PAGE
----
c/o Temple University Civil Engineering
1947 North 12th Street, Philadelphia, PA 19122

A Visit to My Ala Mater (Nov 2009)


Last month I visited my high school for the first time in over 20 years. What a rush of great memories and a new challenge to meet in preparing our children as future engineers.


 I arrived at Murrel Dobbins High School after work on a Wednesday evening . My schedule is as tight as the next middle-aged professional but I had to stay true to a promise made to a fellow alum. Denise (not her real name) organized our 10th and 20th high school reunion. She organized Yahoo groups and Facebook pages from contact information she diligently researched. When she got around to calling me the first thing I asked her about was our school's alumni association. She said she would look into what they were doing and asked me to call her back as a reminder. I failed to follow up.


Sometimes things happen in a round about way. The purpose of my visit to the school, on this rainy day, was to fulfill a promise made to Greg (not his real name) - a biology teacher at Dobbins. Velda Morris introduced us at the BEST Robotics kick-off, at Villanova University, weeks earlier. He enabled me the opportunity of delivering on my promise to Denise. Greg needed a hand in the ominous task of building their robot for the October 17 trail run at the Franklin Institute.


Well there I was, strolling through the preserved walls and floors of yesteryear. Greg showed his appreciation on my arrival then hurried me to work. I spent most of the hour helping a young cosmetology student install wood blocks to secure the motor's axle to the wheel. In fact most of the team, of about ten students, were in cosmology/beautician, web design, graphic arts and fashion. There was one member from the plumbing shop. I stepped back and thought how strange - arts and fashion careered students building a robot?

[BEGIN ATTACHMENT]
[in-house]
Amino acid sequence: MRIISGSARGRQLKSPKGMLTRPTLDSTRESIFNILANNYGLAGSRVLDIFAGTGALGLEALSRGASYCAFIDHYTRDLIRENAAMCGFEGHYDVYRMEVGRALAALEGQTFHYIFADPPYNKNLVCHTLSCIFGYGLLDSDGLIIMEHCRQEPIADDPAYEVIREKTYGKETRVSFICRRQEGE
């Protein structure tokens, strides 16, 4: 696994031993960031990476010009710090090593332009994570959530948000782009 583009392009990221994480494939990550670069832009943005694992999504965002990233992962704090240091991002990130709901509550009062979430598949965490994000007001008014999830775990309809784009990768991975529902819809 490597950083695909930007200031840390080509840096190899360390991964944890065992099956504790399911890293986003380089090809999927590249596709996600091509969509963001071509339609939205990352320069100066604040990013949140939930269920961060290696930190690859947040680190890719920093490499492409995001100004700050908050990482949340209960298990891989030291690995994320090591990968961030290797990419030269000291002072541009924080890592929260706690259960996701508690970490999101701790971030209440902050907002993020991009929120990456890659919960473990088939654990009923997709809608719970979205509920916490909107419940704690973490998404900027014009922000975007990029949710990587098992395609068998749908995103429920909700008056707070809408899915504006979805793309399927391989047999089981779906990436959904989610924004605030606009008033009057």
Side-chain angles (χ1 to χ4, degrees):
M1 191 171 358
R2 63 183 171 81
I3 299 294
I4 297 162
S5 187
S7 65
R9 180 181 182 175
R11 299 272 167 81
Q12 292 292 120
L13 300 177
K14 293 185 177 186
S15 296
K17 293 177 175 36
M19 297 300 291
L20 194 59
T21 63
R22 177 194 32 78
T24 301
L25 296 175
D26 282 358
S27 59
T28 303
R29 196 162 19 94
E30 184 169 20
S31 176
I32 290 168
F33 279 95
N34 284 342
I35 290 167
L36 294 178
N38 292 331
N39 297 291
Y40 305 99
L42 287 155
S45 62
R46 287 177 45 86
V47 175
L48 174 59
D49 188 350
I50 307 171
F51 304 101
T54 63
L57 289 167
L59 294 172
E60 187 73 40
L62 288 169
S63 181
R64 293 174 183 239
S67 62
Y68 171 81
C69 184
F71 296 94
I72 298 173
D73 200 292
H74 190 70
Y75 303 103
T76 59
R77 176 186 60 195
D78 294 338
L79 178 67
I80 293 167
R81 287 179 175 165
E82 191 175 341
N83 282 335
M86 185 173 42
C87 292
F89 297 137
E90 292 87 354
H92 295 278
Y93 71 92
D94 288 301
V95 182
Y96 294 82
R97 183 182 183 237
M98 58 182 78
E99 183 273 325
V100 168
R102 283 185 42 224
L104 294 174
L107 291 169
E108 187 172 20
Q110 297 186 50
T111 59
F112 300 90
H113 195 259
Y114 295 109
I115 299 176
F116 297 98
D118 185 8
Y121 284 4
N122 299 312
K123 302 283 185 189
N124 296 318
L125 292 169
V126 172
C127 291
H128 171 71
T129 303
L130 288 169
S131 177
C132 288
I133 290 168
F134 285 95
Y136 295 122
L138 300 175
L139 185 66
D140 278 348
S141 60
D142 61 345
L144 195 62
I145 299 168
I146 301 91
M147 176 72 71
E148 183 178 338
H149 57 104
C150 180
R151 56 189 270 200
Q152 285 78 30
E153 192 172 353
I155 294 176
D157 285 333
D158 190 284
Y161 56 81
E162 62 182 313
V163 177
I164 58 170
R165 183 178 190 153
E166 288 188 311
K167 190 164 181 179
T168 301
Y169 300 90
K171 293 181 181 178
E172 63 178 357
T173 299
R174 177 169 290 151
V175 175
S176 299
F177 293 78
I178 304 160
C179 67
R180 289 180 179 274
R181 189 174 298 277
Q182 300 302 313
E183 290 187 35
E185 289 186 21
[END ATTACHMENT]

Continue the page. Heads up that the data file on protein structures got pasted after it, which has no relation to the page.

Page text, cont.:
I left a little depressed after discovering that presently there were no shops geared toward the mechanically inclined. The young student building the wheel block seemed a natural in systems design by looking at how her block would interface the wheel and axle as one. I observed this with the other groups working various aspects of this project. They were extremely impressive - imagine if they studied these engineering basics through four years of high school. What a job we engineers have in front of us. How do we return shops with engineering basics like electrical circuits, computer programming, electrical wiring, mechanical controls and automotive back in these schools? When do we begin to identify the engineer and begin their development as a professional engineer? Who can funnel our wealth of experience and knowledge into the classrooms as catalyst to ignite the brilliant ideas dormant in the subconscious of our youth?


Please visit a school that is close to you. You observation is needed to find ways to increase our nation's engineering capital.



Myreon-Michael Smallwood

Cell: 215.880.4094

Email: DiscoverE@pspe-philly.org

Web site: http://www.pspe-philly.org/k-12/k-12.html



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